|1977 to 1987|
|Body and chassis|
The Citroën Acadiane is a small commercial vehicle derived from the Dyane and only available in left-hand drive, produced from 1977 to 1987. Production totalled 253,393. The Visa-based C15 van eventually replaced the Acadiane.
Citroen had already used the prefix AK for its light commercials, so it was an obvious pun to name the AK Dyane "Acadiane" (similar pronunciation in French). There was no connection beyond the pun with the French-speaking region of Louisiana that is home to Cajun (Acadiane) cooking.
The Acadiane differed from the Dyane on which it was based in having heavier-duty suspension, a slightly altered chassis and a rear-brake limiter whose action was dependent on the load.
The Acadiane was also fitted with wind-down windows in the driver's and passenger's doors. The Dyane car had horizontally-sliding windows.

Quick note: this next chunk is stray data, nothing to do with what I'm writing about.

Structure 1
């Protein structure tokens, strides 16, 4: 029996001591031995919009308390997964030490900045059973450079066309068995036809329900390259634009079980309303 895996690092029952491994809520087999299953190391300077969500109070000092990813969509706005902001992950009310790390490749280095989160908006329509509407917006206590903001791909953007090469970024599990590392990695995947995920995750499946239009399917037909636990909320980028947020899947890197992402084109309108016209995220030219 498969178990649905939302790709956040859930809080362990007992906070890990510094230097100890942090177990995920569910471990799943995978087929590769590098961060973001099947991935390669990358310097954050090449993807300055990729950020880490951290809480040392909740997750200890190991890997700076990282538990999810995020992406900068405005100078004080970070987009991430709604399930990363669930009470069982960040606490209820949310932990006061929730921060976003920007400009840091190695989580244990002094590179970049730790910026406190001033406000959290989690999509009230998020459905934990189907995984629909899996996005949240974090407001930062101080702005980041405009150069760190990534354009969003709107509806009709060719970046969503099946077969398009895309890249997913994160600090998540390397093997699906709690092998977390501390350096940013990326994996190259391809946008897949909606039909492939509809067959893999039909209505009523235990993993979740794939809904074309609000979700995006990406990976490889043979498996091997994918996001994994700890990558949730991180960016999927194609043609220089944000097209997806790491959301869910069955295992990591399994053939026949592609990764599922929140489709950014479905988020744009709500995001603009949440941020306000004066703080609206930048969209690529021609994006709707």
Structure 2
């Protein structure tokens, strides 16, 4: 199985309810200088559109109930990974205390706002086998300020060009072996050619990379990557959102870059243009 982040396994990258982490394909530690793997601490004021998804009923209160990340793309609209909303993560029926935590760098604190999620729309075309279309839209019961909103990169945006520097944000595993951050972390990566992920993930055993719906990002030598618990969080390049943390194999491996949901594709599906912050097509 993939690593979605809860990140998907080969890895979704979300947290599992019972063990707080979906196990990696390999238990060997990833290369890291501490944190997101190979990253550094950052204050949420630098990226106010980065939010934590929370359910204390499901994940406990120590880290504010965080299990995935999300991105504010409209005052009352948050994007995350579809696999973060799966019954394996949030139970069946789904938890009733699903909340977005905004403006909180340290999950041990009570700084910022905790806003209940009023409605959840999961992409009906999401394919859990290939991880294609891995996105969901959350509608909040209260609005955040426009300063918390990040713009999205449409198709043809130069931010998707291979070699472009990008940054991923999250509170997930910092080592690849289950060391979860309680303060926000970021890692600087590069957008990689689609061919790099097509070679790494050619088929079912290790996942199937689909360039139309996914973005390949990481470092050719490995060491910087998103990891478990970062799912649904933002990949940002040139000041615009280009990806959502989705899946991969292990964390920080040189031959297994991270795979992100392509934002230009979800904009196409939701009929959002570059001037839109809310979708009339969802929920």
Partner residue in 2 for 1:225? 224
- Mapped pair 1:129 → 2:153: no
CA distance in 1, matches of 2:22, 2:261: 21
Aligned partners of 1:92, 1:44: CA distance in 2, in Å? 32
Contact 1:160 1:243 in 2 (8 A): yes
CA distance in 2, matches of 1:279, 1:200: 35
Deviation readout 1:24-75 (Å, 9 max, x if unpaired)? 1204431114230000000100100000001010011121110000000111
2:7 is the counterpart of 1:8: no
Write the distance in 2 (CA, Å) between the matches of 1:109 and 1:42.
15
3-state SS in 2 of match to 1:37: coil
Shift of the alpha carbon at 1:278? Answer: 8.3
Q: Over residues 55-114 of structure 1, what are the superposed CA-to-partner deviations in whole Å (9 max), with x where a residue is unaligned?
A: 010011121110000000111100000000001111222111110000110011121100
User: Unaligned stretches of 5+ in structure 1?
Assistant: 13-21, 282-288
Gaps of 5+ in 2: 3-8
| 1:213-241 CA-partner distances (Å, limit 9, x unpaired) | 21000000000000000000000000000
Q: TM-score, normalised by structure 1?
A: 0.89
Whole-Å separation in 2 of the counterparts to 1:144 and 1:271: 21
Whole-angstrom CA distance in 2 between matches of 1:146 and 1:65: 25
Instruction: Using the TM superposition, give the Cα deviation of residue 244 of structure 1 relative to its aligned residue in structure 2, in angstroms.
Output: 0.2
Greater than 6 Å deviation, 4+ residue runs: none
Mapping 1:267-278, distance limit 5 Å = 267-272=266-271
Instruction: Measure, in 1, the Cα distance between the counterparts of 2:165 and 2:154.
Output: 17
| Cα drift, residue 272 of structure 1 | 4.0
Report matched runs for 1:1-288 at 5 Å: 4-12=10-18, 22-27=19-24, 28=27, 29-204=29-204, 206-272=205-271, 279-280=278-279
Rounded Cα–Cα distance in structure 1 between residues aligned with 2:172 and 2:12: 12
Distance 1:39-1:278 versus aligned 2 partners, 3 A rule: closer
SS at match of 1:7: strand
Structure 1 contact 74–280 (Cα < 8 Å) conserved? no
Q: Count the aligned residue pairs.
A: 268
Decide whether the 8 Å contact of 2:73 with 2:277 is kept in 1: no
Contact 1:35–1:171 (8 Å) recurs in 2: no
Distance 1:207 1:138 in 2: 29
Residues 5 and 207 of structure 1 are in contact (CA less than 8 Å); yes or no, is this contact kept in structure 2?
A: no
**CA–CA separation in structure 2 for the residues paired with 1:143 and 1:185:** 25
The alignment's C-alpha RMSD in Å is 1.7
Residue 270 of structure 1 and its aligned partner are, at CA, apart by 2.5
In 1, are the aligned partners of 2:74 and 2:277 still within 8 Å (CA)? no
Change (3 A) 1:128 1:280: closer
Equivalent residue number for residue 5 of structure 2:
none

The payload was approximately 500 kg (1,100 lb), but handling was impaired when fully loaded.
The Citroen Acadiane van
The Acadiane was available in commercial (two-seater) form or as a "Mixte", with sliding rear windows and a removable rear bench seat. Citroen and many other manufacturers continue to this day (Berlingo et al.) with the option of rear seats in a vehicle clearly designed as a commercial. The Mixte version also had a passenger sun visor, missing in the more basic commercial version. In line with many Citroen light commercials, the roof of the rear bodywork was corrugated to add extra rigidity at little cost.
The Acadiane cruised on the flat comfortably and economically at 55 mph (89 km/h).
Top gear in the four-speed box was usually referred to as overdrive. This had been so since the earliest days of the 2CV. In most circumstances it was best used as such. Progress could be maintained in top, but further acceleration was unlikely. As the motor thrived on revs, third made a perfectly good gear to get up to 80 km/h (50 mph).
Late 1986 Citroën Acadiane rear view